Ditch Rover and get a virtual or robot pet? Clearly not, but this article from the Guardian has a short study of pets and in particular dogs over the centuries. Some of it does not make great reading. The basis of the article comes from a book: “Run spot run”, The ethics of keeping pets.

Before you dive into this article however, also consider that despite its commentary others such as the Smithsonian have also researched how long we have been keeping pets. There are some historical records in this report that seem to illustrate that we have been close to these animals for thousands of years. Wikipedia seems to indicate both cats and dogs have been companions in one shape or form for over 8,000 years. The cultural differences are probably the difference in how they have been treated!

Kirkus reviews the book accordingly:-

“Bioethicist Pierce challenges pet lovers to recognize that animal ownership is definitely a dicey affair; no matter how well loved they are, our pets are essentially being held captives…. She reminds us that the animals we love and treat as companions ‘are denied nearly all of their natural behaviors, not to mention their freedom.’”

Here are a couple of extracts from the article:

………….Widespread pet keeping is a relatively recent phenomenon. Until the 19th century, most animals owned by households were working animals that lived alongside humans and were regarded unsentimental. In 1698, for example, a Dorset farmer recorded in his diary: “My old dog Quon was killed and baked for his grease, which yielded 11lb.” However, in the 19th and 20th centuries, animals began to feature less in our increasingly urban environments and, as disposable income grew, pets became more desirable.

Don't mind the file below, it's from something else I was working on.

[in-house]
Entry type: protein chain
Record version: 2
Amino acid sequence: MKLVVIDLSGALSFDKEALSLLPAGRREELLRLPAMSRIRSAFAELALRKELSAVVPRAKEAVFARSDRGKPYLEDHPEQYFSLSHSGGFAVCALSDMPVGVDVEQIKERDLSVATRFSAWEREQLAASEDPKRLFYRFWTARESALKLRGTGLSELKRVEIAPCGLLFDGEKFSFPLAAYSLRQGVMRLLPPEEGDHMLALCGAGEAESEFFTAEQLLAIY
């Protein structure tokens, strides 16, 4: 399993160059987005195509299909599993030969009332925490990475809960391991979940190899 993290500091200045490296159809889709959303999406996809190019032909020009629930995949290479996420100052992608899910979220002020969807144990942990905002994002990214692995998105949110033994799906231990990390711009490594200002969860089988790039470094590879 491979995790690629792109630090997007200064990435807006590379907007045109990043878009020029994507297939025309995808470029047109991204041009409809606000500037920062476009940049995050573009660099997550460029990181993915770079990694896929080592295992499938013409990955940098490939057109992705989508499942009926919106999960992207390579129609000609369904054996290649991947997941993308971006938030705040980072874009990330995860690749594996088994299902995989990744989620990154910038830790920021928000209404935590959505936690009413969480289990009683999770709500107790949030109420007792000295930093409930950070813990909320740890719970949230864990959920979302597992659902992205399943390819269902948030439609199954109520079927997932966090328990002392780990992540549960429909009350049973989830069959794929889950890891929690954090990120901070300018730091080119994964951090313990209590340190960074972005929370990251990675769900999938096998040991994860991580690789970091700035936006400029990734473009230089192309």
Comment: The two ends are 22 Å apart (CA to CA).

………….More recently, however, several countries have moved to change the legal status of animals. In 2015, the government of New Zealand recognized animals as sentient beings, in effect declaring them no longer property

The last comment especially in light of the rapid adoption of vegetarianism and veganism seems more of a trend.  No one can dispute the fact that the domestic and genetically modified creatures we keep these days have emotions and that they bring endless joy and keep many of us healthier than would otherwise be the case.  Virtual pets may be OK for some, but its never going to be the real thing.

If you want a full read, this is the link (don’t let Rover see you however).

 

Latest posts by Hounder (see all)